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 Table of Contents  
ORIGINAL ARTICLE
Year : 2020  |  Volume : 32  |  Issue : 4  |  Page : 181-186

A comparative evaluation of apical extrusion of debris during endodontic instrumentation with continuous rotation and reciprocating motion: An in vitro study


1 Department of Conservative Dentistry and Endodontics, College of Dental Science and Hospital, Indore, Madhya Pradesh, India
2 Department of Prosthodontics, College of Dental Science and Hospital, Indore, Madhya Pradesh, India

Date of Submission24-Dec-2019
Date of Decision25-Jan-2020
Date of Acceptance03-Nov-2020
Date of Web Publication18-Jan-2021

Correspondence Address:
Dr. Shrija Paradkar
50, Chanakya Puri, Annapurna Road, Indore, Madhya Pradesh
India
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Source of Support: None, Conflict of Interest: None


DOI: 10.4103/endo.endo_88_19

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  Abstract 


Aim: The aim is to compare the apical extrusion of debris during endodontic instrumentation with continuous rotation and reciprocating motion.
Materials and Methods: Sixty extracted single-rooted mandibular premolar human teeth were randomly assigned to four groups of 15 teeth each. The canals were then instrumented with the following instrument systems: ProTaper Next (PTN; Dentsply Maillefer, Ballaigues, Switzerland), 2Shape (TS; MicroMega, Besancon, France), Reciproc Blue (RB; VDW, Munich, Germany) and WaveOne Gold (WOG; Dentsply Sirona, Ballaigues, Switzerland). Apically extruded debris during instrumentation was collected into pre-weighed Eppendorf tubes. The Eppendorf tubes were then stored in an incubator at 70°C for 5 days. The weight of the dry extruded debris was established by subtracting the pre-instrumentation weight from postinstrumentation weight of the Eppendorf tubes. The data were analyzed using one-way analysis of variance and Tukey's Post hoc tests.
Results: Among the instruments tested in the present study, the least amount of extrusion of debris was seen with TS rotary file system (Group IA) followed by RB (Group IIA) and WOG (Group IIB) (P < 0.05), the results, however, were not found to be statistically significant between them. The maximum amount of debris extrusion was observed with PTN (Group IB) with a statistically significant difference when compared to TS, RB, and WOG file system (P > 0.05).
Conclusion: All instruments were associated with apical extrusion of debris with TS rotary file system associated minimum extrusion and PTN, resulting in maximum extrusion of debris.

Keywords: 2Shape, apical extrusion, ProTaper Next, Reciproc Blue, WaveOne Gold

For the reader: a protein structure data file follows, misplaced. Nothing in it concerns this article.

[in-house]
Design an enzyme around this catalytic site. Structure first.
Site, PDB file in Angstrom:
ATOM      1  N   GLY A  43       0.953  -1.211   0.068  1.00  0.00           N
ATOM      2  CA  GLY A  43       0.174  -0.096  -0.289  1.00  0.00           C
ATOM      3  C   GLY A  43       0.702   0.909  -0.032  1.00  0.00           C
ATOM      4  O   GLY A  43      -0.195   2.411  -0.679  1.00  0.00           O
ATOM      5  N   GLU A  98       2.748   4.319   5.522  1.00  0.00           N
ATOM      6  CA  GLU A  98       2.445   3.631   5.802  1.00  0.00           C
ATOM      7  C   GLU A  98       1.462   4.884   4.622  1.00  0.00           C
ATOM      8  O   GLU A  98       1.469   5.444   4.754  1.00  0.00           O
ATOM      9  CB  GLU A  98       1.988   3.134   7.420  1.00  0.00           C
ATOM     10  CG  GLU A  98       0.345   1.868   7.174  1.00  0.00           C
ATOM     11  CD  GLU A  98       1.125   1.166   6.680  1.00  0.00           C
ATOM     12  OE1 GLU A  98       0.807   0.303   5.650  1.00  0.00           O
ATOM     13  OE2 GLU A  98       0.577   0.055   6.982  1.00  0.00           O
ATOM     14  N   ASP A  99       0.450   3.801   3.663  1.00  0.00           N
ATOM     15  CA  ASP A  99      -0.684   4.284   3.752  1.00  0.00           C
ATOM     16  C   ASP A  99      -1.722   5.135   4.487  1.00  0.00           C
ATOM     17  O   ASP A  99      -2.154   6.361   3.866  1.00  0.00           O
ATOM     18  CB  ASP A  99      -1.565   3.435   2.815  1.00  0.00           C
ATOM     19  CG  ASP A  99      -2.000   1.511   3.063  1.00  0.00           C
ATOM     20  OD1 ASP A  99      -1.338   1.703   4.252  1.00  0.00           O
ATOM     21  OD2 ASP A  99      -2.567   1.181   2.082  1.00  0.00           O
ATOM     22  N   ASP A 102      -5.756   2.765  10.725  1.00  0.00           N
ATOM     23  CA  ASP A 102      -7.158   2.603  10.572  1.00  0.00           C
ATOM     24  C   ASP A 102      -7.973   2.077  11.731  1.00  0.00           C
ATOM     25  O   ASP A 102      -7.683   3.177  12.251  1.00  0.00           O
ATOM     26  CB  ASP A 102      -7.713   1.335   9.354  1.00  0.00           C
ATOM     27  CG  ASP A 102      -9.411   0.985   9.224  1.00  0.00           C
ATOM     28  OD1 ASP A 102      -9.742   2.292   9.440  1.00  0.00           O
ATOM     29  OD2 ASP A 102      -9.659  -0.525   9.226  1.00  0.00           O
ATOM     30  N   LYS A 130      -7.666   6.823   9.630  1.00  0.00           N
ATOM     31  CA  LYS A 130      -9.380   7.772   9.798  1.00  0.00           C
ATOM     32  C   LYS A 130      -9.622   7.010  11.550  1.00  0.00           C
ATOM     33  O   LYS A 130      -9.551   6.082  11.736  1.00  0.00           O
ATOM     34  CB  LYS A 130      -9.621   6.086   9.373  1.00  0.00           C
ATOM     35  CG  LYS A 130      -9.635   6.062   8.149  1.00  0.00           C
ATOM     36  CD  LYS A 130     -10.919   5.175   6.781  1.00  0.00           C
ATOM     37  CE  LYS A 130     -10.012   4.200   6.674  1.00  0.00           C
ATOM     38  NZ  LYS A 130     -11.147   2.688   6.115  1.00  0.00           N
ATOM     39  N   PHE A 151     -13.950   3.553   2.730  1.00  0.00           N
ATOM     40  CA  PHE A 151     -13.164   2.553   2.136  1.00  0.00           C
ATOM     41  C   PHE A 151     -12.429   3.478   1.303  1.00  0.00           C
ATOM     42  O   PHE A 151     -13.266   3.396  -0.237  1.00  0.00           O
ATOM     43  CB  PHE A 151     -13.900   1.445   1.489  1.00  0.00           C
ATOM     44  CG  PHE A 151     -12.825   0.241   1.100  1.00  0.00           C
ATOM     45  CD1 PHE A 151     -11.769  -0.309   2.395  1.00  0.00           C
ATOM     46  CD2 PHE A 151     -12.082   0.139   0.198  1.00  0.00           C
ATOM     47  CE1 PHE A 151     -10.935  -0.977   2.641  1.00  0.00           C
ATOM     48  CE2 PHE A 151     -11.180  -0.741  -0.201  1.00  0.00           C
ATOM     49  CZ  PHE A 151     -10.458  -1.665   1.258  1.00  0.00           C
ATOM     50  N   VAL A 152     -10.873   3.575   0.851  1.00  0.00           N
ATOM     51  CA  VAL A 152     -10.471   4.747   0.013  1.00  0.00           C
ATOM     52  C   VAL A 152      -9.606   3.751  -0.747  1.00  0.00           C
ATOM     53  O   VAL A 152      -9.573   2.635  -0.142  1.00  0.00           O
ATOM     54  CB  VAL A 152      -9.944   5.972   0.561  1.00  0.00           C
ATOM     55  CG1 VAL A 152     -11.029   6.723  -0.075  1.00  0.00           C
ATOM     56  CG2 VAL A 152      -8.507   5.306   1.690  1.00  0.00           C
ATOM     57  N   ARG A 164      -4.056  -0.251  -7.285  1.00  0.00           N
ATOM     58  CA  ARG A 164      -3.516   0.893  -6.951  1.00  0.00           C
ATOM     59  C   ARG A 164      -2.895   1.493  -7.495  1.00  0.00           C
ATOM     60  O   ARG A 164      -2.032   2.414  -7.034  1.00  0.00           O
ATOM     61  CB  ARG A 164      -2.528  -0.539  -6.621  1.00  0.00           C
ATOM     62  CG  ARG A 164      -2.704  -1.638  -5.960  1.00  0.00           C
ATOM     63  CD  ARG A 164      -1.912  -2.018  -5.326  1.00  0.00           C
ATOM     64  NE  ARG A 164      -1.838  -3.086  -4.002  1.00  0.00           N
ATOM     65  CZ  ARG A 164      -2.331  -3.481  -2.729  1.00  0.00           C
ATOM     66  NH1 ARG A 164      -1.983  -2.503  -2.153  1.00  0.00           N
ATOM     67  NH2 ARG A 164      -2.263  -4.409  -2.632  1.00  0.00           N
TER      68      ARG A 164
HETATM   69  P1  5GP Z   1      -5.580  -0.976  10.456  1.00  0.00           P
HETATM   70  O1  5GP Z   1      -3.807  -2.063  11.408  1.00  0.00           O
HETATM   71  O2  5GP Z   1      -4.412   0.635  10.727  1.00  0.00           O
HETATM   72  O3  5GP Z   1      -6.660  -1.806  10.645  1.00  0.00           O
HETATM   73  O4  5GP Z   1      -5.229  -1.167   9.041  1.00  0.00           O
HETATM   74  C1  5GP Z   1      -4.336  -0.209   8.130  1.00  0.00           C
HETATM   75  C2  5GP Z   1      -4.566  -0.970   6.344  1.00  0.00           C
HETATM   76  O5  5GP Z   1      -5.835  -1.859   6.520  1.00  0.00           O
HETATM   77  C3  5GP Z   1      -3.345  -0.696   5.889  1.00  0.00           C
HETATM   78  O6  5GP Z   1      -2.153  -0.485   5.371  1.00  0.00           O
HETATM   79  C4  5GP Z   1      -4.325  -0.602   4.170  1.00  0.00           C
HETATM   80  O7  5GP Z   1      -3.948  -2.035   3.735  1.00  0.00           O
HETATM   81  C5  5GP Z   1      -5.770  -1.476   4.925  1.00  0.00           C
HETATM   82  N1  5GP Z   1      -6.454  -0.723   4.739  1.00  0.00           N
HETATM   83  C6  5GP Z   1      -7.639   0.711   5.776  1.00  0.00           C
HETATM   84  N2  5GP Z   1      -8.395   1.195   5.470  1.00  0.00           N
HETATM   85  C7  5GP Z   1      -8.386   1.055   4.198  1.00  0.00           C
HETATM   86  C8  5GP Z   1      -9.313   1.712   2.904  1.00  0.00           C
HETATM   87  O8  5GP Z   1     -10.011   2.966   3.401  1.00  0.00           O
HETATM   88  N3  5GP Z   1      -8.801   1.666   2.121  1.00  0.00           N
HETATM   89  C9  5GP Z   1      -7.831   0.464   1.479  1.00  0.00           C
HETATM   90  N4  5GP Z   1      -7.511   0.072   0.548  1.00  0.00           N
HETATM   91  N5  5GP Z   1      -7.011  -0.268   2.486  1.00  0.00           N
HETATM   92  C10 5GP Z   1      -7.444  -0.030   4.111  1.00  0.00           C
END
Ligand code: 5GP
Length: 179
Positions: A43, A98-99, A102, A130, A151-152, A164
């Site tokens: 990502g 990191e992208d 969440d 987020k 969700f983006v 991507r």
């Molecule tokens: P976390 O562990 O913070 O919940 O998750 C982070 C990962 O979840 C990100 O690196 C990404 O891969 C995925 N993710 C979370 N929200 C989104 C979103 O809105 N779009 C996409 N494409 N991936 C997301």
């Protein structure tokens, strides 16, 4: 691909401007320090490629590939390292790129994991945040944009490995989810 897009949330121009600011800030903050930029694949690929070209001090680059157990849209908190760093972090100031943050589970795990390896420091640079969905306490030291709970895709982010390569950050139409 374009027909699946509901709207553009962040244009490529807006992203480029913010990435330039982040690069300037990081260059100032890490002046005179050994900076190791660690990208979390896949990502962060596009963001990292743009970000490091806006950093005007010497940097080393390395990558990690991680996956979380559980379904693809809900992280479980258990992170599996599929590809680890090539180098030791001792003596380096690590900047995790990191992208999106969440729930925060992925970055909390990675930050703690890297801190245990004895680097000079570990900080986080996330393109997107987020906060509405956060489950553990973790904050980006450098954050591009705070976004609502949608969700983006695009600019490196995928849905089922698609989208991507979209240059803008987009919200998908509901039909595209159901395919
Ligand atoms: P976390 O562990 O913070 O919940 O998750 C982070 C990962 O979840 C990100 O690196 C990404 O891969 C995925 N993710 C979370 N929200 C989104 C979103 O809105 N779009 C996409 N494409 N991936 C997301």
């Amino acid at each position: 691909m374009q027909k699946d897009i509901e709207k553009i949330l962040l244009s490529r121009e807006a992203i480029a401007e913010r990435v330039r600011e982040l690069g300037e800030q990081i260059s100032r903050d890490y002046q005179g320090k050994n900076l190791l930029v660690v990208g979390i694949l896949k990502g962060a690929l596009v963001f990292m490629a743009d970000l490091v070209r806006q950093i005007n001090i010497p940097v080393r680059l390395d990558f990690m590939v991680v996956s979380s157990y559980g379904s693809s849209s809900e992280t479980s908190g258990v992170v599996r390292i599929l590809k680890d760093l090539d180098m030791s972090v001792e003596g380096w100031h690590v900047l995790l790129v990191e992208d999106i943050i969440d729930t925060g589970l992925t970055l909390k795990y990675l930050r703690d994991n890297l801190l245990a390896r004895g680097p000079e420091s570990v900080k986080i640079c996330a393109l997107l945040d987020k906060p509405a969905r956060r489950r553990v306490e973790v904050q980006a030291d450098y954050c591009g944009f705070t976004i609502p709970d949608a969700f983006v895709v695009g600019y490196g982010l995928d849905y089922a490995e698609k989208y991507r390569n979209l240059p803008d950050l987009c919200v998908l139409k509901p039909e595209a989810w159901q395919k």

How to cite this article:
Paradkar S, Saha SG, Bhardwaj A, Saha MK, Goyal K, Verma R. A comparative evaluation of apical extrusion of debris during endodontic instrumentation with continuous rotation and reciprocating motion: An in vitro study. Endodontology 2020;32:181-6

How to cite this URL:
Paradkar S, Saha SG, Bhardwaj A, Saha MK, Goyal K, Verma R. A comparative evaluation of apical extrusion of debris during endodontic instrumentation with continuous rotation and reciprocating motion: An in vitro study. Endodontology [serial online] 2020 [cited 2021 Mar 2];32:181-6. Available from: https://www.endodontologyonweb.org/text.asp?2020/32/4/181/307319




  Introduction Top


Successful endodontics is based on the sound principles of debridement and disinfection to eliminate viable bacteria and toxins from the root canal space to sustain an environment conducive to peri-radicular healing. However, one inherent problem related to all root canal shaping and cleaning procedures is that the debris may be extruded through the apex into the peri-radicular tissues.[1]

The extrusion of debris apically may have the potential to disrupt the balance between microbial assault and host defense leading to the development of acute inflammation and flare-ups,[2] which is most often associated with postoperative pain, swelling/edema, and delay in healing process during or after completion of root canal therapy, all of which may necessitate emergency patient visits.

The various factors which influence the amount of debris extruded are radial lands, flute depth, tapers, cross-section, different operational kinematics, cutting efficacy, the technique involved, the number of instruments required, speed, and the motion of rotation of the file systems used.[3]

It is a common opinion among authors that extrusion of some debris is inevitable during root canal instrumentation and that a methodology that completely avoids this phenomenon has not yet been developed. However, some systems may extrude less debris than others.

ProTaper Next (PTN) file system (Dentsply Maillefer, Ballaigues, Switzerland) is composed of a set of instruments that are designed with variable tapers and have an off-centered rectangular cross-sectional design which generates snake-like swaggering movement along its active portion[4] resulting in a decreased screw-in effect and harmful taper-lock. It is used with continuous rotation and has five shaping instruments: X1 (17/0.04), X2 (25/0.06), X3 (30/0.07), X4 (40/0.06), and X5 (50/0.06).

2Shape (TS) (MicroMega, Besancon, France) file system is made of T-wire heat-treated alloy with an asymmetric triple helix cross-section with two main cutting edges for improved cutting efficiency and one secondary cutting edge for improved removal of debris. It includes only two files for shaping and one optional file for apical finishing in continuous rotation with asymmetrical cross section. The TS system is composed of TS1 (25/.04), TS2 (25/.06), F35 (35/.06), and F40 (40/.04) files.[5]

Reciproc Blue (RB) (VDW, Munich, Germany) is a thermally treated nickel-titanium single file system in reciprocation, which is the improved version of the original Reciproc. It has S-shaped cross-sectional design having two cutting edges, an increased resistance to cyclic fatigue and greater flexibility.[6] The innovative heat treatment transforms the molecular structure of the alloy, thus giving the instrument a blue color and a flexible structure. The available sizes are Reciproc® blue 25 (25/0.08), Reciproc® blue 40 (40/0.06) and Reciproc® blue 50 (50/0.05).